Concerns that the virus may have mutated are focused on two clusters of cases among health care workers: one cluster is in Jeddah, the western Saudi city through which pilgrims pass en route to nearby Mecca. The other cluster is among paramedics in Abu Dhabi, in the United Arab Emirates.

Mackay, who noted the clusters in his blog, says he can see two possible explanations: “One is a fairly bad but widespread breakdown of infection control and prevention protocols” among the health care workers — that is, nurses or doctors failing to use gloves, surgical masks or other standard measures designed to prevent infection while working with a MERS patient. Such a breakdown would be possible even in a well-equipped and prosperous Gulf nation, Mackay noted, but for both outbreaks to take place at the same time “would be fairly coincidental.”

The other, more alarming possibility? “The other avenue is the virus has changed and become more easily transmitted between humans,” Mackay said.

That is cause for concern way beyond the Middle East. “When humans readily transmit to humans, that’s what will cause a worldwide outbreak,” Michael Osterholm, director of the Center for Infectious Disease Research and Policy at the University of Minnesota, told National Public Radio. “We are very concerned that … with what we’ve seen over the last two weeks … we may be at that point now.”

Whether the virus has, in fact, mutated dangerously cannot be known until the Saudis examine the genome of the latest samples of the virus and share the results. The WHO has said it is “working closely” with the kingdom, but has not issued any conclusions. Another way to find out if the virus has mutated would be if the number of cases were to skyrocket. But with only 344 cases worldwide so far — a decade ago, SARS infected at least 8,000, and killed 775 — the count remains low, and awareness is growing.

In 2013, concerns over MERS kept many as a million people away from hajj, an obligation that the Koran imposes upon any Muslim who can afford the trip. Saudi authorities discouraged attendance by the very young, the elderly, pregnant women, and people already suffering from chronic illness, a major risk factor for the virus. Still, more than 3 million people circulated at the holy sites for five days, at close quarters. With the risk of mass contagion in the air this year, the world may be hoping for a better reaction from Saudi Arabia than it has got so far.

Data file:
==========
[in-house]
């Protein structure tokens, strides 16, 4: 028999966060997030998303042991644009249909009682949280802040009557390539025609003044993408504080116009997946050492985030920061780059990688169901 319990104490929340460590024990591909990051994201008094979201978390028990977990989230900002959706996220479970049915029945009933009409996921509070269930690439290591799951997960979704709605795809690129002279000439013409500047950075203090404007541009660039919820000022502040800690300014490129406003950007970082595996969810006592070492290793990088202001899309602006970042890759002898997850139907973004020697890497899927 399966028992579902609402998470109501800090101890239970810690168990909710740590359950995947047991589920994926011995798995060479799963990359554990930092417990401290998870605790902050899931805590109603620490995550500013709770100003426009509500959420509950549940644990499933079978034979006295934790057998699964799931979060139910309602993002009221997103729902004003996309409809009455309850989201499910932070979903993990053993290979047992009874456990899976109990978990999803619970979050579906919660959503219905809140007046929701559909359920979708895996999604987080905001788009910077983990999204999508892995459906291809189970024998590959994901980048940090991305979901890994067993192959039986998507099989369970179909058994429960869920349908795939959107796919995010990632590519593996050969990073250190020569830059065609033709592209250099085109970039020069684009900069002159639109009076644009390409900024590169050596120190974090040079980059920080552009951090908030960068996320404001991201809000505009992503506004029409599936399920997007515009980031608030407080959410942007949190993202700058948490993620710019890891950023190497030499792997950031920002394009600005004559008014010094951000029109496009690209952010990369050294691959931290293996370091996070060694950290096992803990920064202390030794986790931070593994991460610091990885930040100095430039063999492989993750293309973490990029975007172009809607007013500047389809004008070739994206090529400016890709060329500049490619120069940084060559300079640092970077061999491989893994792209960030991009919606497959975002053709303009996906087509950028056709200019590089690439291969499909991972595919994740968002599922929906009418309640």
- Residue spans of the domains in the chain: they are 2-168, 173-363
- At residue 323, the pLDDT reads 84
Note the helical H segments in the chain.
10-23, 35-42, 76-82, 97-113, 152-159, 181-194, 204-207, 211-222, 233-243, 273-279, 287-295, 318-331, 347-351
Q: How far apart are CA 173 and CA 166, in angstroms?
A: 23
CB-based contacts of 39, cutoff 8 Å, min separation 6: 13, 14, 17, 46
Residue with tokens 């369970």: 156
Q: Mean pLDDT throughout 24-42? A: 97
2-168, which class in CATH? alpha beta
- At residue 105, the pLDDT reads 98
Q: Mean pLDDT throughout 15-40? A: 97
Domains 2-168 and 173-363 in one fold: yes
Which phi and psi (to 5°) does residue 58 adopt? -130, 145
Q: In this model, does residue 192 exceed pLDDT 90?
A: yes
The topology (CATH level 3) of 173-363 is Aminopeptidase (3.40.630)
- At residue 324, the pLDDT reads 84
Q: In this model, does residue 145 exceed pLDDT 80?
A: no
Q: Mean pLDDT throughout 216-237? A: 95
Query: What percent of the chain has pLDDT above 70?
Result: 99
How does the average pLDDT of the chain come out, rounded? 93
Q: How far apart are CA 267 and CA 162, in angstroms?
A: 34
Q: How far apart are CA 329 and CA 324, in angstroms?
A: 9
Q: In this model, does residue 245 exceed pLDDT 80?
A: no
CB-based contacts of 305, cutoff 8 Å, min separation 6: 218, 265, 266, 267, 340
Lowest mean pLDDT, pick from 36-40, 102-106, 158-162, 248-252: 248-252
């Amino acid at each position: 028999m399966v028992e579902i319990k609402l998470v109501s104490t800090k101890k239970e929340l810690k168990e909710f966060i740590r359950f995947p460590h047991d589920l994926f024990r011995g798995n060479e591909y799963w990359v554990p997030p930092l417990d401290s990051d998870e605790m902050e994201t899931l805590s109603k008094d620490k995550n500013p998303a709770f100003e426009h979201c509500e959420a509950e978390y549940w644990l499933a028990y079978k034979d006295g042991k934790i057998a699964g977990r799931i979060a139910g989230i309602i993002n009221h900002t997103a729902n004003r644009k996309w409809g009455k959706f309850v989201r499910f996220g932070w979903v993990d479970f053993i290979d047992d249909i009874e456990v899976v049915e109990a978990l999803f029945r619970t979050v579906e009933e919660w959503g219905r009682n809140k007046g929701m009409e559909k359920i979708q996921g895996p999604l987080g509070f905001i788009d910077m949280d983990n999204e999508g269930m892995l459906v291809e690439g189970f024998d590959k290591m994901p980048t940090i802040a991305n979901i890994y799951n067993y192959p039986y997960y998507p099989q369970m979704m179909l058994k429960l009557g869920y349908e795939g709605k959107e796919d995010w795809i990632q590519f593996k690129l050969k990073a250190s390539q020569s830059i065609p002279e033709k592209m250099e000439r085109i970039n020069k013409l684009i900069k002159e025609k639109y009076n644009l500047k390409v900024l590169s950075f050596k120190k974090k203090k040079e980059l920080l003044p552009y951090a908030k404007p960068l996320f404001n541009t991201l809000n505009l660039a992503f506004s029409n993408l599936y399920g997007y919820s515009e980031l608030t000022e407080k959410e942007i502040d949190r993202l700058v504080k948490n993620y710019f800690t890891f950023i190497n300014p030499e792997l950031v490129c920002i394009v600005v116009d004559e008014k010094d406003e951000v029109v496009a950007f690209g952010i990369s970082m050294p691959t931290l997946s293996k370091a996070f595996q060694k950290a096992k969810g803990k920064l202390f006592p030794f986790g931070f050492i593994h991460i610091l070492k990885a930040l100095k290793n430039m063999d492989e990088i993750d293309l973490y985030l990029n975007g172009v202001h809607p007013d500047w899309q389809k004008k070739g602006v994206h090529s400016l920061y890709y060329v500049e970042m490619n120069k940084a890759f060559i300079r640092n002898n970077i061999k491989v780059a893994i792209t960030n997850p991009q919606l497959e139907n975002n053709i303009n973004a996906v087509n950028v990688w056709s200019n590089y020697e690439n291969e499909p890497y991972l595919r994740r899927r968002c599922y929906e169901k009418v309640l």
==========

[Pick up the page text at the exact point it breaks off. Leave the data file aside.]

Correction: The original version of this story misstated the name of the institution that scientist Ian Mackay belongs to. He works for the Australian Infectious Diseases Research Centre.

TIME Saudi Arabia

Saudi Arabia Confirms 20 New Cases of Deadly MERS Virus

SAUDI-HEALTH-MERS-VIRUS
Saudi medical staff leave the emergency department at a hospital in the center of Riyadh on April 8, 2014 Fayez Nureldine—AFP/Getty Images

About 49 people have been infected in the past six days by the incurable Middle East Respiratory Syndrome virus, which has claimed 76 lives in Saudi Arabia. The country's Health Minister said he did not know the cause of the sudden rise in cases

Saudi Arabia’s Health Ministry this weekend confirmed 20 new cases of the deadly Middle East Respiratory Syndrome, or MERS. All told, the MERS virus has infected 244 people in Saudi Arabia, with 49 confirmed cases in the past six days alone.

Of the 244 infected people in total, 76 have died, Reuters reports. MERS has no known cure and kills approximately a third of the people it infects.

Saudi Arabia’s Health Minister Abdullah al-Rabia said on Sunday he did not know the cause of the sudden rise in cases. He said there was no current need for extra precautionary measures like travel restrictions.

Authorities say the disease, which scientists have linked to camels and is similar to the SARS virus, does not spread easily from person to person and could die out on its own. However, some experts have warned that the virus could mutate, allowing for easier human-to-human transmission.

[Reuters]